Okay, these are the three key areas of research that you need to cover before your interview. If you’ve done your homework, you will arrive feeling much more prepared and, therefore, more confident. You’ll be able to fit the interview questions and your responses into a broader context of the company’s goals. You’ll also be able to ask much better questions to the interviewer. Don’t feel that you have to pull out everything that you learned. The fact that you’ve done research will shine through in your responses and questions. And interviewers truly appreciate any effort you’ve put into your preparation. Hopefully, they are so impressed that they offer you the job…

That’s all for now. I’m Tim Simmons, and this is Business Skills 360. If you’d like to test your understanding of today’s show, please visit us online at www.BusinessEnglishPod.com. You’ll find a quiz as well as a transcript, plus lots of other useful material. And don’t forget to tune in to our next episode, where we’ll wrap up our series on first job interviews with a great show on how to answer those particularly difficult questions that interviewers might throw at you. See you soon.

Discussion Questions

1. When you do research, where do you usually look for information?
2. Why do you think it might be important to know something about the company where you will have an interview?
3. What are some recent important trends in the industry in which you want to work?

360 – Job Interviews 2: Conveying Enthusiasm

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Hello and welcome to Business Skills 360. I’m Tim Simmons, and I’m glad you could join me today for the second in our series on your first job interview. In this show, we’re going to take a look at how to demonstrate a professional attitude during your interview. This can be a difficult thing to do when you’re feeling nervous and have a hundred other things on your mind. But it’s really important – especially for your first job interview. Here’s why.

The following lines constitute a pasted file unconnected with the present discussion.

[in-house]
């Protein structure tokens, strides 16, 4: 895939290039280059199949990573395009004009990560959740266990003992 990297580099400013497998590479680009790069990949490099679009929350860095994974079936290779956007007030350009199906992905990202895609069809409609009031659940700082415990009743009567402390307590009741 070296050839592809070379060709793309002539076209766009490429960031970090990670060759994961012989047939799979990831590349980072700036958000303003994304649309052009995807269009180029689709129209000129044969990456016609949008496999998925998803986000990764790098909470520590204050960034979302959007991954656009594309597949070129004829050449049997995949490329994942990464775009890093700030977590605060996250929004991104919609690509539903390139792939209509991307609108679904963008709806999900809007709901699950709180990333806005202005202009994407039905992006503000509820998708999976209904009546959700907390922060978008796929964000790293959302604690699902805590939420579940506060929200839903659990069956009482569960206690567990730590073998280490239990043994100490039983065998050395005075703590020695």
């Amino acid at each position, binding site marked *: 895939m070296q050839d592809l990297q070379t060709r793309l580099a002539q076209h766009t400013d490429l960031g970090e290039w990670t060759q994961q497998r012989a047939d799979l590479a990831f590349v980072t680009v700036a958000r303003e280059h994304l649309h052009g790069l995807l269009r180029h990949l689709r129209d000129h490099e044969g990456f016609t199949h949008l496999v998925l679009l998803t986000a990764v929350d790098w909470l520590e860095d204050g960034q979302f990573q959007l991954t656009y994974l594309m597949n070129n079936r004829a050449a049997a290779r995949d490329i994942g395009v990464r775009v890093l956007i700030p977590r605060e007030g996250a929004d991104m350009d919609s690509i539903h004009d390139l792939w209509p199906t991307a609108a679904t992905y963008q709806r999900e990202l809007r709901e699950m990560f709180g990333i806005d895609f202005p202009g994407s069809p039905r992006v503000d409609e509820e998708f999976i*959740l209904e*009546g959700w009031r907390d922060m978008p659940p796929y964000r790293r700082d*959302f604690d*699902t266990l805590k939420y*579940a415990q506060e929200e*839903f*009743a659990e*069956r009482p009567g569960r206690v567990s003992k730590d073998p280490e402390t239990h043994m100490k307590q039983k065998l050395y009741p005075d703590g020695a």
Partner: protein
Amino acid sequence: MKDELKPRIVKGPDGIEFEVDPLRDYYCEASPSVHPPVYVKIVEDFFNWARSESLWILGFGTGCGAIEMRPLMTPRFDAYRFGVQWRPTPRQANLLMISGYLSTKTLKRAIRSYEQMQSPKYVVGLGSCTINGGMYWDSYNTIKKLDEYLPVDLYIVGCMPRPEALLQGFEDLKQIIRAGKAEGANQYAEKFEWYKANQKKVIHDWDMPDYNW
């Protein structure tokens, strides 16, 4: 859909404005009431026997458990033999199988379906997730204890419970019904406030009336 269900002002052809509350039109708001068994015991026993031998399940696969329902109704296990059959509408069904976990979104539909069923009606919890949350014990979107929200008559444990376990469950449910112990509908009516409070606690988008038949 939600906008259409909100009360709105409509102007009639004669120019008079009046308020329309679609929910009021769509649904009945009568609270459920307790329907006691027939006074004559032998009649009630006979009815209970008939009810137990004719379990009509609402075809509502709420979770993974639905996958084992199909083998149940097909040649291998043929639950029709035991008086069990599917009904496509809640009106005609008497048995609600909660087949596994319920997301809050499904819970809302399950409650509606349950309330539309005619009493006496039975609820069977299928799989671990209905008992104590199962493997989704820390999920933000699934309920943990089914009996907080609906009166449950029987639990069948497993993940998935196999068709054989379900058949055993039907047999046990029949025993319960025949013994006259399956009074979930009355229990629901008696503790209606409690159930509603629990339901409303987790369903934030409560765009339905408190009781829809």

Yes, your experience and skills are important, just like we talked about last week. But demonstrating a professional attitude is also key to setting yourself apart from other candidates. You need to show that you’re confident, comfortable, and personable. Employers can’t really see your personality or attitude from your resume. Indeed, the main purpose of an interview is to meet you face-to-face and see if you have the right stuff… the right intangible qualities… the right professionalism… to do the job right. Interviewers want to get to know you a bit and gauge how you’ll get along with others in the work environment. Remember, you’re not there just to summarize your resume. You need to make a good personal impression too. So, let’s have a look at how you can do that.